Today we have reached Good Friday. A dark and hard day to be sure. A day of suffering, a day of pain, a day of death. Justice is abused. Goodness disregarded. Courage evaporates. Friendship fails. Tears and blood are shed. It seems like sin, sadness and death have won. The light of the world was snuffed out.
Given all of this, have you ever wondered why we call today ‘Good Friday’?
Let me ask you a question; how do you describe what happened to Jesus today? Did Jesus die? Was Jesus murdered? Did Jesus sacrifice himself?
Perhaps when you read the words; die, murdered, and sacrifice you think ‘what’s the difference? Couldn’t I say all of these things happened, aren’t those words in this situation more or less synonyms?’
In one sense yes you could say all of those words describe what happened to Jesus. Only a very few serious historians deny that Jesus died on Good Friday. However I have found that when tragedy happens people don’t only want to know what happened they want to know why it happened.
Which leaves us with two other descriptors, murder and sacrifice. So is murder the best descriptor for what happened to Jesus or is sacrifice?
At first glance murder has a lot going for it. Jesus was arrested at night by a mob, changed with false allegations, dragged through a kangaroo court, and then put to death. When we examine what the motivation behind these horrendous acts was we find they are motivated by fear and jealousy. Many of the religious leaders of the day were jealous of the crowds that were following Jesus. While others seemed to be legitimately afraid of what Rome might do if they though Jesus was amassing followers to stage a revolt.
The religious leaders feared Jesus would lead the people away from them. Which made them fear that Rome would see Jesus’ followers as a threat and send in the troops. Herod feared for his kingdom. And Pilate feared the mob of people calling for Jesus to be put to death. A case could be made that jealousy, and fear prompted a handful of men to have Jesus murdered.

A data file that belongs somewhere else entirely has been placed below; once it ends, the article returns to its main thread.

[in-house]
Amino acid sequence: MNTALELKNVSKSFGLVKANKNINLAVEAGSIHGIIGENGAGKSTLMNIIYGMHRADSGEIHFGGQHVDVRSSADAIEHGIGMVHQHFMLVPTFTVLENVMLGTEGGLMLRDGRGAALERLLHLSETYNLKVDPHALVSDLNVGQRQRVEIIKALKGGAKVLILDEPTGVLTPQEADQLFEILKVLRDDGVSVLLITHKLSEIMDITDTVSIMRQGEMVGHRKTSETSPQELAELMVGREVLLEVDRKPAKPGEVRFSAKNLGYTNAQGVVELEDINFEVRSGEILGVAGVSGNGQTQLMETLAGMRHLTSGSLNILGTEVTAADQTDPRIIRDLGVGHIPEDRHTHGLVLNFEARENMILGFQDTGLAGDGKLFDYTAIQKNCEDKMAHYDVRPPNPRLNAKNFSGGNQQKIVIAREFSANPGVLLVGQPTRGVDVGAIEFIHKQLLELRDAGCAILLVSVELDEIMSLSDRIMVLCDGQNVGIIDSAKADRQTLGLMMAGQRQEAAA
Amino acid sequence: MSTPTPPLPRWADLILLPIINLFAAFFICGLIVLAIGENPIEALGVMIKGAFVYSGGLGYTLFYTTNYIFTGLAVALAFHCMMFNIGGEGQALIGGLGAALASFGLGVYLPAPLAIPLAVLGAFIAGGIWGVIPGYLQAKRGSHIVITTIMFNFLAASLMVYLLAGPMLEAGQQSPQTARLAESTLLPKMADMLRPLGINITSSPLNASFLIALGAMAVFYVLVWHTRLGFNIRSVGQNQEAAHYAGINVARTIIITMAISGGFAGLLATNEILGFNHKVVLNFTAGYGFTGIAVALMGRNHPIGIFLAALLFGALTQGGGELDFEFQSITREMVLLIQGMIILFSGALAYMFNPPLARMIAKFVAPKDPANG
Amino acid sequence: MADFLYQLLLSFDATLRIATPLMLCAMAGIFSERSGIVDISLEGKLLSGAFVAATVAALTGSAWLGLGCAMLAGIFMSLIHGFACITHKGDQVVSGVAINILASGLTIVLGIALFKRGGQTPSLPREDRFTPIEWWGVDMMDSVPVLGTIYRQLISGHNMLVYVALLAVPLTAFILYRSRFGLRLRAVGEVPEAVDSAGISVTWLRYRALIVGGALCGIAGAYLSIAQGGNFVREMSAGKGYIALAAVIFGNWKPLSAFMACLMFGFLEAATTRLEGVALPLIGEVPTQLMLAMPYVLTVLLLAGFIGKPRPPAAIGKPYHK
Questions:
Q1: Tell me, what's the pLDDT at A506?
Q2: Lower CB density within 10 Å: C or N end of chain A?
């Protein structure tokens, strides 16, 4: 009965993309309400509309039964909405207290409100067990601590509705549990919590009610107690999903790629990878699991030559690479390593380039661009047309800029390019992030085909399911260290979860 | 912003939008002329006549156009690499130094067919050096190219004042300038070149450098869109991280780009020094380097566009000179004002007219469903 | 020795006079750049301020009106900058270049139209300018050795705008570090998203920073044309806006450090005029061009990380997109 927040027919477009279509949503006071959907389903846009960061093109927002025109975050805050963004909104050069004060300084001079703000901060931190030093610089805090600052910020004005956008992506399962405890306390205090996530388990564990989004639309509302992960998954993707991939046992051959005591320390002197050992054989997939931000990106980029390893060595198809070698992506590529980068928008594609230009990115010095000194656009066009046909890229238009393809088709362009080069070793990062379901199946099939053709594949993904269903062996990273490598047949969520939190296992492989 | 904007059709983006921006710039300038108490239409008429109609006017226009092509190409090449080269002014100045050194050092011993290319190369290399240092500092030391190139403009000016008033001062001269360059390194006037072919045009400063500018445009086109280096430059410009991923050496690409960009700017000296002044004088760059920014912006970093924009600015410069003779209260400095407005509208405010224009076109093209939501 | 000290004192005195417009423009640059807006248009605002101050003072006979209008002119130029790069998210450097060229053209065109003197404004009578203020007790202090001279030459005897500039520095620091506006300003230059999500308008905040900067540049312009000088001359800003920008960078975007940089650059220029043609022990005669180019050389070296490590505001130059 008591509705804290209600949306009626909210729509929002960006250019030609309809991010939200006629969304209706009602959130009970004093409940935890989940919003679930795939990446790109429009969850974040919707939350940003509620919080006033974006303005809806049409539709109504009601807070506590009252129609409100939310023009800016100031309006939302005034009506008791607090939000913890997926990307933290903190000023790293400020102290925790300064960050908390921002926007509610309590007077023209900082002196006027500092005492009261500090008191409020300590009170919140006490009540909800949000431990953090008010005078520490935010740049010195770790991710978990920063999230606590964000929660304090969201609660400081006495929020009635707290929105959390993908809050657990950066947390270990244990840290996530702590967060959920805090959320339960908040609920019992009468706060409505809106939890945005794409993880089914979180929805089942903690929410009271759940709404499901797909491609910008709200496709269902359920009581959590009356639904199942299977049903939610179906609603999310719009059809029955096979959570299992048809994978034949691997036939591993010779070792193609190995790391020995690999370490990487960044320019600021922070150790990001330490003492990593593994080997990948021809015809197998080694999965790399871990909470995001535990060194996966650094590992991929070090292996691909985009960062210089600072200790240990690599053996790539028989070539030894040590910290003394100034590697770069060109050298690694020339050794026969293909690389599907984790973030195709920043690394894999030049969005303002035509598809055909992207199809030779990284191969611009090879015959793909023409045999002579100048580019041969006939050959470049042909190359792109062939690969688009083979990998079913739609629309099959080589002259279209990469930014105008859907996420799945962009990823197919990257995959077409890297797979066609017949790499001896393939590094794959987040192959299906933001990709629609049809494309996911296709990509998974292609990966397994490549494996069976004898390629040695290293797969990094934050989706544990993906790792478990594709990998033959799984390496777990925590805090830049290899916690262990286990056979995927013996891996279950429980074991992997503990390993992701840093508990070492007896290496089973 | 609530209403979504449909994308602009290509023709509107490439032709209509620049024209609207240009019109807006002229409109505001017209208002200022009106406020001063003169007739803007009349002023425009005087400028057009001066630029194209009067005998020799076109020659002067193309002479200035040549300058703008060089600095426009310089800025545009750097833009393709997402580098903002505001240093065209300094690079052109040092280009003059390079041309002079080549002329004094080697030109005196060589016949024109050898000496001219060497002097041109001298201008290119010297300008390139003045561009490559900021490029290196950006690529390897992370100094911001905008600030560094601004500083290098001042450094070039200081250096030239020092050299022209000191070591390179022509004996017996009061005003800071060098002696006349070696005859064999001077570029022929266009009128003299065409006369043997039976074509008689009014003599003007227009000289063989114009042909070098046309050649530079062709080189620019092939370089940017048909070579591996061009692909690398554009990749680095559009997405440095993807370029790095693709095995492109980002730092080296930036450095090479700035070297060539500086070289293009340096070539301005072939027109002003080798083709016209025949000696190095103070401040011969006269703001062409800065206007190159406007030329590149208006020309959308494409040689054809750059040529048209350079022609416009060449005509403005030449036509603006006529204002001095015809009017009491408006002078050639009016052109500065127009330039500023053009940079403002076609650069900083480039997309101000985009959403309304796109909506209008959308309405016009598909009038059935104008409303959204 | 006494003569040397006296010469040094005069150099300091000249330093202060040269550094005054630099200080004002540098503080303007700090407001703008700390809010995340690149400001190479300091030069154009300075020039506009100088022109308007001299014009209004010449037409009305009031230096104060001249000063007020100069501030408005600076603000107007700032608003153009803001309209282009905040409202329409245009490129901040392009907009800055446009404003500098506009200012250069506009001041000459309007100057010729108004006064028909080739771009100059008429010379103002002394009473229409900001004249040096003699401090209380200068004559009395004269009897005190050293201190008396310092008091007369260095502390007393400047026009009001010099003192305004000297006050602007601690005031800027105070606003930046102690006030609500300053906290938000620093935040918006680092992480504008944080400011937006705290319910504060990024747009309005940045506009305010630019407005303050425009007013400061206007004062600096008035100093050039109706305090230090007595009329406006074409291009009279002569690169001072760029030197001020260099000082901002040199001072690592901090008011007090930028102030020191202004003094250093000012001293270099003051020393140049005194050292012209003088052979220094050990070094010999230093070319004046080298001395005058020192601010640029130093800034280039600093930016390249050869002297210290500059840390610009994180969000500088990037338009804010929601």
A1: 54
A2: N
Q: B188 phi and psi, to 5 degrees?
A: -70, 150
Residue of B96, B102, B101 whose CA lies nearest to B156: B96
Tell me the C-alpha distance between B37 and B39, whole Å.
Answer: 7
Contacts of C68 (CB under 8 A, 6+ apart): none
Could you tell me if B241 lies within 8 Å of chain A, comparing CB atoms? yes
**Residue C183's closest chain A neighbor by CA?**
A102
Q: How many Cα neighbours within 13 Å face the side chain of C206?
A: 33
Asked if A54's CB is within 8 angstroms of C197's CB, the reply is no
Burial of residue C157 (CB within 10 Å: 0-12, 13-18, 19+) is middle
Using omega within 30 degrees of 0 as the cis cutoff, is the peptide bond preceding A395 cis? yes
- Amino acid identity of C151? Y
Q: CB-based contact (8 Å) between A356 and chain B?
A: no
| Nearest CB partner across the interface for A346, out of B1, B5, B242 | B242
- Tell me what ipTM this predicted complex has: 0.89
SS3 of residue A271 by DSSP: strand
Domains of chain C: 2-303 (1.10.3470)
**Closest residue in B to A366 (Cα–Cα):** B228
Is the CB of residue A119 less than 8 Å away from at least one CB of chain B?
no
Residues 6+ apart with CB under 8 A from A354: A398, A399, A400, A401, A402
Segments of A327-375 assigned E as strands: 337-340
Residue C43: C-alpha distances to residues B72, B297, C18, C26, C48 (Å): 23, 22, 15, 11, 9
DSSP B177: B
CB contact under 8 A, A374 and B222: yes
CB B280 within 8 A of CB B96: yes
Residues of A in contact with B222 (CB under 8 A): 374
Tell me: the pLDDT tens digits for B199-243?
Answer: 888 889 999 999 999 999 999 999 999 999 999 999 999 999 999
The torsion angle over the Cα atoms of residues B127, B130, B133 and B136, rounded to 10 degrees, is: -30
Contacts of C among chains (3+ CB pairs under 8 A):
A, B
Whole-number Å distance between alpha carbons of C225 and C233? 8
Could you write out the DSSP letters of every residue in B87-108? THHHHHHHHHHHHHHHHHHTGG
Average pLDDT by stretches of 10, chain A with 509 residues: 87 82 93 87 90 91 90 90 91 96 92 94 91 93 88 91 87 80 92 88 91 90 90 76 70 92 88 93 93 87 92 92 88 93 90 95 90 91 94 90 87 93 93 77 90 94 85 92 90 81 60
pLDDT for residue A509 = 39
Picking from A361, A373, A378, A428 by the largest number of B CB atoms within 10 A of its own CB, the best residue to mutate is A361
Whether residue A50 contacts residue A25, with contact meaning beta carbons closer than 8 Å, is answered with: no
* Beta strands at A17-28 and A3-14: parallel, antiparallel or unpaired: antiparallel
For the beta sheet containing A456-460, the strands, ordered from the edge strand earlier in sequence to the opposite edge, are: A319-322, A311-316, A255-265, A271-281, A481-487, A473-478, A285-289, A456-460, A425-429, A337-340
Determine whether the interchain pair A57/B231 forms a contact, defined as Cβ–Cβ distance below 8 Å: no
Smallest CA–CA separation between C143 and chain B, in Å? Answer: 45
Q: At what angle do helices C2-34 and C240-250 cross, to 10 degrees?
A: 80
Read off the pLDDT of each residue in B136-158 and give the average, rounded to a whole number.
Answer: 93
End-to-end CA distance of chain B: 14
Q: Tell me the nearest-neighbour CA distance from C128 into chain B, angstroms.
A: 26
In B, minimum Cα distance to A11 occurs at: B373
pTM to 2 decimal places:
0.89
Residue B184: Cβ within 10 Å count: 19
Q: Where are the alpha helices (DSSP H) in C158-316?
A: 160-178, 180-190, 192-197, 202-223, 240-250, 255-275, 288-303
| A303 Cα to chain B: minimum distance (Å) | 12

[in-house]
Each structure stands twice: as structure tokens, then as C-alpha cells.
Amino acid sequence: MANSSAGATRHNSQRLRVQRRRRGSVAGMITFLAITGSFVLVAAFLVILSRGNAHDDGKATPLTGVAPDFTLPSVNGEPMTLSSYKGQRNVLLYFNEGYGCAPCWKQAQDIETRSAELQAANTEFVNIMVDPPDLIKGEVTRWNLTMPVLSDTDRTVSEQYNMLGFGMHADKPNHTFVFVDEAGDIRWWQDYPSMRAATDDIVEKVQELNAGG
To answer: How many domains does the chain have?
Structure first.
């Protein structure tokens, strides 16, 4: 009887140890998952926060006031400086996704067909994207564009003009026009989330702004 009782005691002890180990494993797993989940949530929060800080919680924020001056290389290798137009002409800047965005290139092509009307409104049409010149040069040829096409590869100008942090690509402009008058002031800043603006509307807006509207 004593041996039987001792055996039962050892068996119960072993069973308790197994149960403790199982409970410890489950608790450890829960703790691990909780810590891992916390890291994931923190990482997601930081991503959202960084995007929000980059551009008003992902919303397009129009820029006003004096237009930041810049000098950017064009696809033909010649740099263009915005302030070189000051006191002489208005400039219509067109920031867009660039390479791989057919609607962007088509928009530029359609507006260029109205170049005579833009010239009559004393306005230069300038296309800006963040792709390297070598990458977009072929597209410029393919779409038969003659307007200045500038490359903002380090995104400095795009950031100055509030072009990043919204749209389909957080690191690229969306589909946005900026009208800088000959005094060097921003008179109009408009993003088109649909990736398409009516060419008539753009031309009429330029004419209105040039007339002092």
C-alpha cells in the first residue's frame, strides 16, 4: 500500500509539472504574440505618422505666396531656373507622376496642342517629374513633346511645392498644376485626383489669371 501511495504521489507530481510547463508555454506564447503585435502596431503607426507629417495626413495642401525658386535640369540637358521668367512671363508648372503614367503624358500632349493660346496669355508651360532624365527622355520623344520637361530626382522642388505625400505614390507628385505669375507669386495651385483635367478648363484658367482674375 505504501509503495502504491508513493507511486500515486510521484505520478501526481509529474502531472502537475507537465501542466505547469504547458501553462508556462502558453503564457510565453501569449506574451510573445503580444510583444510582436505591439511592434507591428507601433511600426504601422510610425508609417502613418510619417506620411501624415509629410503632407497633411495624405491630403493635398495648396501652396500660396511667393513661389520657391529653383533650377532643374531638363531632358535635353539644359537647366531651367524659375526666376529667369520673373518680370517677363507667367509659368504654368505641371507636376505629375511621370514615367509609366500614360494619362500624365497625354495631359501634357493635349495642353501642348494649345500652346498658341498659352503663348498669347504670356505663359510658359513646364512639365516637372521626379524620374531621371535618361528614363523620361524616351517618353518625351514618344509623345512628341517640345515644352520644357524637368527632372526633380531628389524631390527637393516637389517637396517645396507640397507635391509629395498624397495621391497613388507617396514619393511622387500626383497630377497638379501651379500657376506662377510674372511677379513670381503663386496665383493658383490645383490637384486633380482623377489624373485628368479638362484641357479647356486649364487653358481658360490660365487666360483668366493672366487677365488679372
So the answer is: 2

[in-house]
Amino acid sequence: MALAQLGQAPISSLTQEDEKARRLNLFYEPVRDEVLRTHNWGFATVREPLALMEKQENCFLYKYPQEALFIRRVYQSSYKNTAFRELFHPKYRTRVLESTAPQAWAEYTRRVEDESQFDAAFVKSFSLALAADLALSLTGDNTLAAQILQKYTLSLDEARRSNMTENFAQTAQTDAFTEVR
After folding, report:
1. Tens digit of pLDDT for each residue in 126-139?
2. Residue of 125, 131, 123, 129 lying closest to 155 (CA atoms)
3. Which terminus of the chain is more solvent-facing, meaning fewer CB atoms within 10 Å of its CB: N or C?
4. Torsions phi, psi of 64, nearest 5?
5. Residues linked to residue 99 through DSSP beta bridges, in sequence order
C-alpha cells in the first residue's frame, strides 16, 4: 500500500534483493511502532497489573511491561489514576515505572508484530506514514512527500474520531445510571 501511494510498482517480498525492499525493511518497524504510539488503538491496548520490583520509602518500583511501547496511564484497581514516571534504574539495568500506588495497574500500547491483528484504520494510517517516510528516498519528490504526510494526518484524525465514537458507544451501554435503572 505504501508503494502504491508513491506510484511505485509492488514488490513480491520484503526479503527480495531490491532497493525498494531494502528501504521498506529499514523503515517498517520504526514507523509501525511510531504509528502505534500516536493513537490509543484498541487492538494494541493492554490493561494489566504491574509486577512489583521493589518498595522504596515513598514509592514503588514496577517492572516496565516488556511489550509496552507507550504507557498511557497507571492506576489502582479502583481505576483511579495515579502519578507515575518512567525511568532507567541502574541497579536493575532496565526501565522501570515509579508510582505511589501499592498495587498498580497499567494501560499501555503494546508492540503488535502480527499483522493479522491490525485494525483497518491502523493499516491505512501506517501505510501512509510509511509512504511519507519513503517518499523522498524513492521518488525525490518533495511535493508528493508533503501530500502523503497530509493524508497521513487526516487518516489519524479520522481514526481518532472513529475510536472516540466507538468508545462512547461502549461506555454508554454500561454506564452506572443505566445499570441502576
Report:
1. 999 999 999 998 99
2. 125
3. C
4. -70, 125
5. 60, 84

Except for one thing.
Jesus made it clear that while it seemed like others had power over him, it only seemed that way. No one could ‘put him to death’ without his permission.
This statement of Jesus moves us away from the vocabulary of murder and moves us into the vocabulary of sacrifice. When you scan the New Testament you will find that the language of a willing sacrifice is very prominent, whereas the language of murder is not.
Jesus’ own words make this point even clearer, ‘My command is this: Love each other as I have loved you. Greater love has no one than this: to lay down one’s life for one’s friends. You are my friends if you do what I command.’
Death and sin, pain and suffering, didn’t win on Good Friday, only to have their victory overturned on Easter. Death and sin, pain and suffering, became tools of salvation in God’s hands. When people thought they were bringing destruction, defeating Jesus they really were bringing salvation, completing Jesus’ mission on earth.
Today is Good Friday because when Jesus sacrificed himself death and sin, pain and suffering were conquered. God’s love and mercy won the battle through Jesus Christ.
I don’t know about you, but I’d call that good!
Today as you take time to reflect on Good Friday ask yourself; ‘Am I loving others as Christ commanded? Am I laying down my life everyday in service to others?’